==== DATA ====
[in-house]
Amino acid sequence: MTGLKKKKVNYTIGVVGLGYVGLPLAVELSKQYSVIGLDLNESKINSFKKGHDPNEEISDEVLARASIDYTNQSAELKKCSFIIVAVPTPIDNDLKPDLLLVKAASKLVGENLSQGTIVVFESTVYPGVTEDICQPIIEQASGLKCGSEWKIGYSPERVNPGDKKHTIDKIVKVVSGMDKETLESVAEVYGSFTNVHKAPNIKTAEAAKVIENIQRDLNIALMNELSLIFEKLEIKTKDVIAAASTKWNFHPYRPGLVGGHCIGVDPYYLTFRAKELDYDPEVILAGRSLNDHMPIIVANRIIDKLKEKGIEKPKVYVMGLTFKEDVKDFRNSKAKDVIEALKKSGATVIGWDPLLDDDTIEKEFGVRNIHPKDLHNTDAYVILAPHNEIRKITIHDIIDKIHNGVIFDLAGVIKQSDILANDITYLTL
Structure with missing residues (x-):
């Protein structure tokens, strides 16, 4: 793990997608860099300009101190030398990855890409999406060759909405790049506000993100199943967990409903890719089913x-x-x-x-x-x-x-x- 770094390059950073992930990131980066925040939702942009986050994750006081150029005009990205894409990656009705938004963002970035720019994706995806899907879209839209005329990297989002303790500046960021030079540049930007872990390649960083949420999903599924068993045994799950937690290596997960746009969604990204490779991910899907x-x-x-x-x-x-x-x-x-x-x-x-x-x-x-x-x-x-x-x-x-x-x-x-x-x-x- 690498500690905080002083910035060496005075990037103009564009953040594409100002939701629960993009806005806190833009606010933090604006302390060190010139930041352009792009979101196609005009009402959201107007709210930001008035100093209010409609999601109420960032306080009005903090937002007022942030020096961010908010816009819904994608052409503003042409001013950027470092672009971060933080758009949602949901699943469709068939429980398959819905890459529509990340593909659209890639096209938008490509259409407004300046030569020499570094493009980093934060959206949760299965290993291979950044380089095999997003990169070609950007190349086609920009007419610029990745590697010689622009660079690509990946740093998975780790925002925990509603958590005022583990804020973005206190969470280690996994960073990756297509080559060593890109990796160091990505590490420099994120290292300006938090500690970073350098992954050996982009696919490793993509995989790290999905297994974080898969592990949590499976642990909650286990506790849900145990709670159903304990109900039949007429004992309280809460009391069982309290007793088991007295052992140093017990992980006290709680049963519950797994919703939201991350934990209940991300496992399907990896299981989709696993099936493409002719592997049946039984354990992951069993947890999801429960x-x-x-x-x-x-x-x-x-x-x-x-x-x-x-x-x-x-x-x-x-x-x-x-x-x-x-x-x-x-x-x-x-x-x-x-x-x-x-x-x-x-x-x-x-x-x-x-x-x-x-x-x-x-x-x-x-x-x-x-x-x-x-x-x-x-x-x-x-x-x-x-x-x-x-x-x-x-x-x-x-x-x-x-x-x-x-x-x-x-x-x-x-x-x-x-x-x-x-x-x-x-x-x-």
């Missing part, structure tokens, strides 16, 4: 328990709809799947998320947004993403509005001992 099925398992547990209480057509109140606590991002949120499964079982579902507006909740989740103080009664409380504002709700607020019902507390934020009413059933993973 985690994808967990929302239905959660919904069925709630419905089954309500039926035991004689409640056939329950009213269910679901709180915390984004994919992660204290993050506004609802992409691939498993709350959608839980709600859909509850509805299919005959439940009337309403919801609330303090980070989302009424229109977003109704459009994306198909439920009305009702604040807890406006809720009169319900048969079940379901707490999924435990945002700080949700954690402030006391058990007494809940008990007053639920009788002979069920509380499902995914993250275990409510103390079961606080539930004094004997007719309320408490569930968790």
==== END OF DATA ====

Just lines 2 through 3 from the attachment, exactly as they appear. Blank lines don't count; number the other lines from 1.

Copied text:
Amino acid sequence: MTGLKKKKVNYTIGVVGLGYVGLPLAVELSKQYSVIGLDLNESKINSFKKGHDPNEEISDEVLARASIDYTNQSAELKKCSFIIVAVPTPIDNDLKPDLLLVKAASKLVGENLSQGTIVVFESTVYPGVTEDICQPIIEQASGLKCGSEWKIGYSPERVNPGDKKHTIDKIVKVVSGMDKETLESVAEVYGSFTNVHKAPNIKTAEAAKVIENIQRDLNIALMNELSLIFEKLEIKTKDVIAAASTKWNFHPYRPGLVGGHCIGVDPYYLTFRAKELDYDPEVILAGRSLNDHMPIIVANRIIDKLKEKGIEKPKVYVMGLTFKEDVKDFRNSKAKDVIEALKKSGATVIGWDPLLDDDTIEKEFGVRNIHPKDLHNTDAYVILAPHNEIRKITIHDIIDKIHNGVIFDLAGVIKQSDILANDITYLTL
Structure with missing residues (x-):